Monday, 13 June 2016

The Desert Island Test

We all know that the price of things is based on laws of supply and demand. There is a greater supply of coal than diamond necklaces, and both are desired, so naturally a diamond necklace is more expensive than a sack of coal. But that begs the question: even though expensive things are expensive due to high desire, to what extent is there high desire for them because they are expensive?

Quite a lot, actually, given how much people value status - it's probably at a level way beyond the expectation of the average casual observer. A good way to show you have lots of disposable income is to pay high amounts for things that come in cheaper varieties (houses, cars, jewellery, clothes, hotel rooms, dining out). So while it's true that some things like diamond necklaces and Ferraris are, in terms of social status, obvious peacock's tails, it's also the higher prices of everyday things that signal status.

A good illustration – one that I didn’t invent - is something called the desert island test. The desert island test is a great way of illustrating just how much of our lives are governed by what people think of us. Imagine yourself to be completely alone on the island but yet fantastically rich, living in a huge mansion, with expensive furnishings, a fast car, fine artworks and a stunning garden.

In this scenario any pleasure you had in your opulent situation could only be derived from its intrinsic rewards – there would be no sense of pleasure from others’ reactions, because there is no one else there to react. It is difficult to say just how much contentment a life of such solitary richness would bring, but I suspect with the loss of that all important component of status gravitas one's possessions would lose a lot of their meaning and joy.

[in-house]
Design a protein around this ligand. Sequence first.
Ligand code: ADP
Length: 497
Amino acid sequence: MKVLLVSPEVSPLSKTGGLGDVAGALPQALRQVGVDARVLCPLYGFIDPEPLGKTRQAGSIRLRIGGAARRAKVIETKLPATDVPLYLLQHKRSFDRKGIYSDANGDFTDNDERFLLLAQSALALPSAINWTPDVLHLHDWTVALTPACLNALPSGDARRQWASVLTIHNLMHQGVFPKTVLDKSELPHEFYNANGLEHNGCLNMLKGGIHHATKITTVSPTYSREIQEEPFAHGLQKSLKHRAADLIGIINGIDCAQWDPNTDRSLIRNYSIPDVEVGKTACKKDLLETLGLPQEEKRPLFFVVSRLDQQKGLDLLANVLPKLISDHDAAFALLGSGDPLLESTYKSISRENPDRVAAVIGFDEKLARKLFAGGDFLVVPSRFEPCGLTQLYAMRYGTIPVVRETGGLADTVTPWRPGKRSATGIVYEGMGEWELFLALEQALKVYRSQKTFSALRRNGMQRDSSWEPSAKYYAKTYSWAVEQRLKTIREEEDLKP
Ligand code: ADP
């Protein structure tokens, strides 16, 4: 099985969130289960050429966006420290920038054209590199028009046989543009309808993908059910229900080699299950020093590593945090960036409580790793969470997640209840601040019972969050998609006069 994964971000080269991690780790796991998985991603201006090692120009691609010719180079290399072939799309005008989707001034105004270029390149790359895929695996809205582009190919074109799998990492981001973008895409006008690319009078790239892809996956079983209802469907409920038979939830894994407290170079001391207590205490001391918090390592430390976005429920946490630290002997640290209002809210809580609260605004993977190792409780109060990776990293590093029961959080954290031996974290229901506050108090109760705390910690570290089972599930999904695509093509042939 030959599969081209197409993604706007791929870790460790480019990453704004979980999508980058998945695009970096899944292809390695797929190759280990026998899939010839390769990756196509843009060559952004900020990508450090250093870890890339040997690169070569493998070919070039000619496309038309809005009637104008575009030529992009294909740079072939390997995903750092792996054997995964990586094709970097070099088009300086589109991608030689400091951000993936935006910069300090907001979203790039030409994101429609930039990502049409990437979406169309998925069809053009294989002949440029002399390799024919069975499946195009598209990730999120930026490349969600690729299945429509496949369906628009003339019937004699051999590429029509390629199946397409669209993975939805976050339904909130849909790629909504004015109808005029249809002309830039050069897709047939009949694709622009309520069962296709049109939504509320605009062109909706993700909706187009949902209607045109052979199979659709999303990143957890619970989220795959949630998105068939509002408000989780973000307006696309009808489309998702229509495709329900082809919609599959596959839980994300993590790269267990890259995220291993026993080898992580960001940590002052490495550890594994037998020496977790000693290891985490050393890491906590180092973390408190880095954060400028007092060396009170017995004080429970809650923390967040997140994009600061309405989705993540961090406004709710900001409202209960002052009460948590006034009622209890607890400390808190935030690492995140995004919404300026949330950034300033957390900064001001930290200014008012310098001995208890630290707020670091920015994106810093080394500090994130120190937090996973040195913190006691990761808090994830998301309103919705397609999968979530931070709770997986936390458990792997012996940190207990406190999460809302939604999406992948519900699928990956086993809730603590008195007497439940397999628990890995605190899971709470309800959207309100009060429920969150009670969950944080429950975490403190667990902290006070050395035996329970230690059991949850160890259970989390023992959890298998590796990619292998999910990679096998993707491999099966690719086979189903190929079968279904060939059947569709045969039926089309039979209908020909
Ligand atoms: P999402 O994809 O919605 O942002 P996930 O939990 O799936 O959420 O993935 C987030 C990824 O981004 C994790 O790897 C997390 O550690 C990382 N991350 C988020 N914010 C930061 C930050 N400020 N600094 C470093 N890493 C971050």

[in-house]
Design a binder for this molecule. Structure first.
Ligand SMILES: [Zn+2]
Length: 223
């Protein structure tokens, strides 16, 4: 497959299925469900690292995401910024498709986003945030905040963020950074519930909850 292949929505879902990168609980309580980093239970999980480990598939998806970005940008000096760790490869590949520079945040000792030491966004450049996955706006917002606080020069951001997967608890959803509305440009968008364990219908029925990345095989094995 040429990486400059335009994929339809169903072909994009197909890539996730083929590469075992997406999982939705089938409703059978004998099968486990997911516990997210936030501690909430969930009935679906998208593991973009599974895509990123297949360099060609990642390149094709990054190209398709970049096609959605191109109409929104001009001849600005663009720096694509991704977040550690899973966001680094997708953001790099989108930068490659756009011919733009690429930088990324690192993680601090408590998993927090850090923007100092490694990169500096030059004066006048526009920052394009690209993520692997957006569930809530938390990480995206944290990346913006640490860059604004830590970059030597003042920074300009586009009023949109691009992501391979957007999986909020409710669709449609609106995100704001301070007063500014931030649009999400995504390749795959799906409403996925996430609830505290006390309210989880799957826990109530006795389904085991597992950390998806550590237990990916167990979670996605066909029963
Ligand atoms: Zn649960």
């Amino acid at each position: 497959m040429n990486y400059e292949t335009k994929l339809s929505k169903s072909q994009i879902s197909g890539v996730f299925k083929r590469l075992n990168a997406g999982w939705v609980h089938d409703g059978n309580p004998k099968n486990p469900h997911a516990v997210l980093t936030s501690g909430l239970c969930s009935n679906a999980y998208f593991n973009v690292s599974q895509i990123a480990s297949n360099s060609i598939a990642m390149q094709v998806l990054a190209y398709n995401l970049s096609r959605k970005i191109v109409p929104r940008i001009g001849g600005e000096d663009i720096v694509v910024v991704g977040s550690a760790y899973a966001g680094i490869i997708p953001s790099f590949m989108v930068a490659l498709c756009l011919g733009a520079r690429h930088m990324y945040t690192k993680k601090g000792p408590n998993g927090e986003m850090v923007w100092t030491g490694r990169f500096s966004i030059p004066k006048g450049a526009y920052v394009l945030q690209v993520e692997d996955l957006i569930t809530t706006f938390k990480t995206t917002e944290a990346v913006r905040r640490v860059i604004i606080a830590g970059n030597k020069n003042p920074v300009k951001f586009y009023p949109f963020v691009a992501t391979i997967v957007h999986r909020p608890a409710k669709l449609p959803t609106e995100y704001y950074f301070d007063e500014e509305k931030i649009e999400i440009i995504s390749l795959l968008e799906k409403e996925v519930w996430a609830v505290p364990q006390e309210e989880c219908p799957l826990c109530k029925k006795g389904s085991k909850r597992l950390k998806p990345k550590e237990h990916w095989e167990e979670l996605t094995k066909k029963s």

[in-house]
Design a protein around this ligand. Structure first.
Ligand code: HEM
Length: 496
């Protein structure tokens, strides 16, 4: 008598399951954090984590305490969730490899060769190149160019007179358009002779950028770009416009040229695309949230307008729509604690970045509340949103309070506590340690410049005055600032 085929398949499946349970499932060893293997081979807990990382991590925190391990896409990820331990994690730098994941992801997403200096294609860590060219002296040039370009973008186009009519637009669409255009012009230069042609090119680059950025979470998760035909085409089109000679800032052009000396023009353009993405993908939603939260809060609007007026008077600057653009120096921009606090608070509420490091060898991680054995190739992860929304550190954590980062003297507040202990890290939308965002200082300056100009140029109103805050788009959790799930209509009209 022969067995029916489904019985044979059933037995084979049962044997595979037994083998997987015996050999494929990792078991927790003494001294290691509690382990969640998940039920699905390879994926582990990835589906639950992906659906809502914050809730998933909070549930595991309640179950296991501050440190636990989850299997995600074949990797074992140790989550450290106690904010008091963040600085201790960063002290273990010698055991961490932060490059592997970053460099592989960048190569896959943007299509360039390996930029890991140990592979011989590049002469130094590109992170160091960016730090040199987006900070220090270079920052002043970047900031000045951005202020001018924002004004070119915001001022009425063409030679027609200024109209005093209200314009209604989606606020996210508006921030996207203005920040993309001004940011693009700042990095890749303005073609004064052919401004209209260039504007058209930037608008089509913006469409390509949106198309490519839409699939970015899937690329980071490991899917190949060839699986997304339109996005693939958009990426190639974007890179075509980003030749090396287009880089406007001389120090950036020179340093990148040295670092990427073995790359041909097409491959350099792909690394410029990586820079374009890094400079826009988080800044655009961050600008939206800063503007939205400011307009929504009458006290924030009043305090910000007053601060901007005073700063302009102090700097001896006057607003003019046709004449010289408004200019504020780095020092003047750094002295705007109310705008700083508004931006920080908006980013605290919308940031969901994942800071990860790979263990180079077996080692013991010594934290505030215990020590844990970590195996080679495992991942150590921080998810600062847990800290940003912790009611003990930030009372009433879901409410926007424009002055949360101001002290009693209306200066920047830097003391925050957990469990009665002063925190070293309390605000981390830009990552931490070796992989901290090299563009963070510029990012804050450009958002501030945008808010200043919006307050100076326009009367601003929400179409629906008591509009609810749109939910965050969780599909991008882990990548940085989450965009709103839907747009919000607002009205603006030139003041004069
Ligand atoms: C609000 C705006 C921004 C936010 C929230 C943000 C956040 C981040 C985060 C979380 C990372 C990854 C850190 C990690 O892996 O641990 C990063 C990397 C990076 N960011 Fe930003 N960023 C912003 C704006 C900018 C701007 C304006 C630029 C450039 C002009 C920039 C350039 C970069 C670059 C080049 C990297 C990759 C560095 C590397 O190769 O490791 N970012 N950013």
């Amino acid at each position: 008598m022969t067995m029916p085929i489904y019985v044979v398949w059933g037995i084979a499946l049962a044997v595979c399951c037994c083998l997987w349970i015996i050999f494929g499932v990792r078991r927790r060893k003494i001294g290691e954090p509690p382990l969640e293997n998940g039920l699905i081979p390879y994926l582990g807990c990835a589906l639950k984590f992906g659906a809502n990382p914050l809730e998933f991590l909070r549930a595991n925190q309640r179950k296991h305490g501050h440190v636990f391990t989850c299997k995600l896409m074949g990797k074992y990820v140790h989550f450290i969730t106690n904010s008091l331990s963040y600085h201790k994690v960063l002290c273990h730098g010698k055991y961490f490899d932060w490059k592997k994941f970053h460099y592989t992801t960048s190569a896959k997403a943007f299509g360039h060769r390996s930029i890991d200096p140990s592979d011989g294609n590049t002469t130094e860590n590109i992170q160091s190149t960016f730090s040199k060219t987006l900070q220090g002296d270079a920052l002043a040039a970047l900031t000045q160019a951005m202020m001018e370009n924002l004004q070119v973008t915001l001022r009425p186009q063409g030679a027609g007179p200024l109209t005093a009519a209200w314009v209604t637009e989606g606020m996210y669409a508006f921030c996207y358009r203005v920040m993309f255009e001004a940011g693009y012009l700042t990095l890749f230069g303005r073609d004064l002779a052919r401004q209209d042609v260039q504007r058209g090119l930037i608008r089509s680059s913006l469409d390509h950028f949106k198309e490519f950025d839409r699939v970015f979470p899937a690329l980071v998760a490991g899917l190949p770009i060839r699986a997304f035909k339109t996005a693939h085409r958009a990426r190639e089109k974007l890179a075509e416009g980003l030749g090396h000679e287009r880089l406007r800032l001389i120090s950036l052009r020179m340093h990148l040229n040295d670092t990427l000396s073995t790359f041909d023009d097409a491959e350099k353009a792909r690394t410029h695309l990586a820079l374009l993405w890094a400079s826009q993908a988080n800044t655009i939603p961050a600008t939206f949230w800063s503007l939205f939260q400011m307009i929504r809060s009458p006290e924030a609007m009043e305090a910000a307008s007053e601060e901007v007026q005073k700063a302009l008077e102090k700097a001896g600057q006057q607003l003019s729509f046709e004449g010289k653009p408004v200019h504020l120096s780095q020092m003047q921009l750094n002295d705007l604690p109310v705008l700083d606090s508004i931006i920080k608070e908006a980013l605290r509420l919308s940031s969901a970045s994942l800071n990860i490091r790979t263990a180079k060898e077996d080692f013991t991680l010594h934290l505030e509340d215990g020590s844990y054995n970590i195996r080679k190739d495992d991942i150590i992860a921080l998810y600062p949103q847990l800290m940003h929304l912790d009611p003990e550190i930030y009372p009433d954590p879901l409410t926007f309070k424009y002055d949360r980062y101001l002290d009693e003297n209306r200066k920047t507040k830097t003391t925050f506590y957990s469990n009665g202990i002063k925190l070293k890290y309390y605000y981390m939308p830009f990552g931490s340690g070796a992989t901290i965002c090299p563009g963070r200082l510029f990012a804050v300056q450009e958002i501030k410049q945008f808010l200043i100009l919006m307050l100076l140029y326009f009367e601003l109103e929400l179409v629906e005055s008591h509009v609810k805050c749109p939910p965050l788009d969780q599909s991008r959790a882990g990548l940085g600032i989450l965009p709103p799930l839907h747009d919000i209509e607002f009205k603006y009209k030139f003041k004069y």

When I think of what I believe human excellence to be – it seems a quite natural observation that as long as people have the necessary things for a comfortable life, you'll find that their happiness, fulfilment and contentment have almost nothing to do with wealth, fame, or anything to do with material acquisition of status goods. 

What gives humans excellence of life is excellence of mind, but not merely at an academic or logical level; excellence of mind is about pursuing love, grace, kindness, generosity, solicitude – and dovetailing them through knowledge, wisdom and intelligence. When you see people courting fame or material wealth or career success for the sake of status, or people looking to build themselves up at the expense of the feelings of others, or people desperate for admiration, kudos, or the opportunity to control others, you know that all these things give exhibition to the fact that such people haven’t developed their minds to a level that will free them from the burden of what will turn out to be mediocre pursuits.